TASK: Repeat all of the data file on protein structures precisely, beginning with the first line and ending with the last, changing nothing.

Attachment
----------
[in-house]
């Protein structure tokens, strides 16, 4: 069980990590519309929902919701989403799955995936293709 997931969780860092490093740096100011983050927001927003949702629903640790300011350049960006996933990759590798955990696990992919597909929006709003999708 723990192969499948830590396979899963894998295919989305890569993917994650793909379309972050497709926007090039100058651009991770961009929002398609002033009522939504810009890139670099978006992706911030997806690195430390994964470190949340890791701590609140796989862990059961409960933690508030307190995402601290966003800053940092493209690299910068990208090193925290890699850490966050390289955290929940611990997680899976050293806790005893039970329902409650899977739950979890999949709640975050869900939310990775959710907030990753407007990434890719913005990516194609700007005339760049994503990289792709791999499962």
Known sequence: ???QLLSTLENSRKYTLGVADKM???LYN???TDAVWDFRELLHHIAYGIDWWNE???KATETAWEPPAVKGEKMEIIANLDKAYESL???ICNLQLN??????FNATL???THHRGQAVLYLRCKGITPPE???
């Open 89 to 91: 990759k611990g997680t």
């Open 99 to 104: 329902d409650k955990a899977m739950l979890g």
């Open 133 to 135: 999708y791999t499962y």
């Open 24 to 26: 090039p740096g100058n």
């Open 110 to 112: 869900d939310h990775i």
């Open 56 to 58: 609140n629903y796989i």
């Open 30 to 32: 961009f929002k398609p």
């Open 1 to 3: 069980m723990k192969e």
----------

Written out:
[in-house]
């Protein structure tokens, strides 16, 4: 069980990590519309929902919701989403799955995936293709 997931969780860092490093740096100011983050927001927003949702629903640790300011350049960006996933990759590798955990696990992919597909929006709003999708 723990192969499948830590396979899963894998295919989305890569993917994650793909379309972050497709926007090039100058651009991770961009929002398609002033009522939504810009890139670099978006992706911030997806690195430390994964470190949340890791701590609140796989862990059961409960933690508030307190995402601290966003800053940092493209690299910068990208090193925290890699850490966050390289955290929940611990997680899976050293806790005893039970329902409650899977739950979890999949709640975050869900939310990775959710907030990753407007990434890719913005990516194609700007005339760049994503990289792709791999499962």
Known sequence: ???QLLSTLENSRKYTLGVADKM???LYN???TDAVWDFRELLHHIAYGIDWWNE???KATETAWEPPAVKGEKMEIIANLDKAYESL???ICNLQLN??????FNATL???THHRGQAVLYLRCKGITPPE???
């Open 89 to 91: 990759k611990g997680t």
């Open 99 to 104: 329902d409650k955990a899977m739950l979890g």
């Open 133 to 135: 999708y791999t499962y």
């Open 24 to 26: 090039p740096g100058n």
């Open 110 to 112: 869900d939310h990775i």
């Open 56 to 58: 609140n629903y796989i």
């Open 30 to 32: 961009f929002k398609p």
């Open 1 to 3: 069980m723990k192969e």